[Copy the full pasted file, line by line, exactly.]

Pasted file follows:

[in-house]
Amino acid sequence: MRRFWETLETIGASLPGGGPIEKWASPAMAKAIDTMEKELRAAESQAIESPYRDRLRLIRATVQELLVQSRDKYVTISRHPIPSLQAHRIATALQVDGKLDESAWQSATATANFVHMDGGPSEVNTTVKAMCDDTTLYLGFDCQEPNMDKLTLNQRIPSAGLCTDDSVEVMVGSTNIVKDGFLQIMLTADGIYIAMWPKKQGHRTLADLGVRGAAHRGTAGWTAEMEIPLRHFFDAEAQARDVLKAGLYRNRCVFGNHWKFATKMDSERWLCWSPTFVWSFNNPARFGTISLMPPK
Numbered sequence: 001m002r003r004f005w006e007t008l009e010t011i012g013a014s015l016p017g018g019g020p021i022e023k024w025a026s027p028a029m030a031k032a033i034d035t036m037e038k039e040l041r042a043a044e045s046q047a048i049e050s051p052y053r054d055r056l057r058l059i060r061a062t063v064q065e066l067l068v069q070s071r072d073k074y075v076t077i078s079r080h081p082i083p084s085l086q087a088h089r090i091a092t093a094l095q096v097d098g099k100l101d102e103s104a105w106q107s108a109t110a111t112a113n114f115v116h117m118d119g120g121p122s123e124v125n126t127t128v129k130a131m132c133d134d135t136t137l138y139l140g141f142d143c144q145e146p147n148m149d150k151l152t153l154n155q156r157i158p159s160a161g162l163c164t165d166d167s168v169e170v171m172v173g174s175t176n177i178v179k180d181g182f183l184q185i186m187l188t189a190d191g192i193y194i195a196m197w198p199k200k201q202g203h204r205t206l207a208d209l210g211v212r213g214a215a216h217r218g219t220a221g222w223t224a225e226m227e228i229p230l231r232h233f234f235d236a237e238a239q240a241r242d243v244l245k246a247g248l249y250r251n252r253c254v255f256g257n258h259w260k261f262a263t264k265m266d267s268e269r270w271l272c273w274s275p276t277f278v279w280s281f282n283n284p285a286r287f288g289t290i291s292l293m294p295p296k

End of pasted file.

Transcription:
[in-house]
Amino acid sequence: MRRFWETLETIGASLPGGGPIEKWASPAMAKAIDTMEKELRAAESQAIESPYRDRLRLIRATVQELLVQSRDKYVTISRHPIPSLQAHRIATALQVDGKLDESAWQSATATANFVHMDGGPSEVNTTVKAMCDDTTLYLGFDCQEPNMDKLTLNQRIPSAGLCTDDSVEVMVGSTNIVKDGFLQIMLTADGIYIAMWPKKQGHRTLADLGVRGAAHRGTAGWTAEMEIPLRHFFDAEAQARDVLKAGLYRNRCVFGNHWKFATKMDSERWLCWSPTFVWSFNNPARFGTISLMPPK
Numbered sequence: 001m002r003r004f005w006e007t008l009e010t011i012g013a014s015l016p017g018g019g020p021i022e023k024w025a026s027p028a029m030a031k032a033i034d035t036m037e038k039e040l041r042a043a044e045s046q047a048i049e050s051p052y053r054d055r056l057r058l059i060r061a062t063v064q065e066l067l068v069q070s071r072d073k074y075v076t077i078s079r080h081p082i083p084s085l086q087a088h089r090i091a092t093a094l095q096v097d098g099k100l101d102e103s104a105w106q107s108a109t110a111t112a113n114f115v116h117m118d119g120g121p122s123e124v125n126t127t128v129k130a131m132c133d134d135t136t137l138y139l140g141f142d143c144q145e146p147n148m149d150k151l152t153l154n155q156r157i158p159s160a161g162l163c164t165d166d167s168v169e170v171m172v173g174s175t176n177i178v179k180d181g182f183l184q185i186m187l188t189a190d191g192i193y194i195a196m197w198p199k200k201q202g203h204r205t206l207a208d209l210g211v212r213g214a215a216h217r218g219t220a221g222w223t224a225e226m227e228i229p230l231r232h233f234f235d236a237e238a239q240a241r242d243v244l245k246a247g248l249y250r251n252r253c254v255f256g257n258h259w260k261f262a263t264k265m266d267s268e269r270w271l272c273w274s275p276t277f278v279w280s281f282n283n284p285a286r287f288g289t290i291s292l293m294p295p296k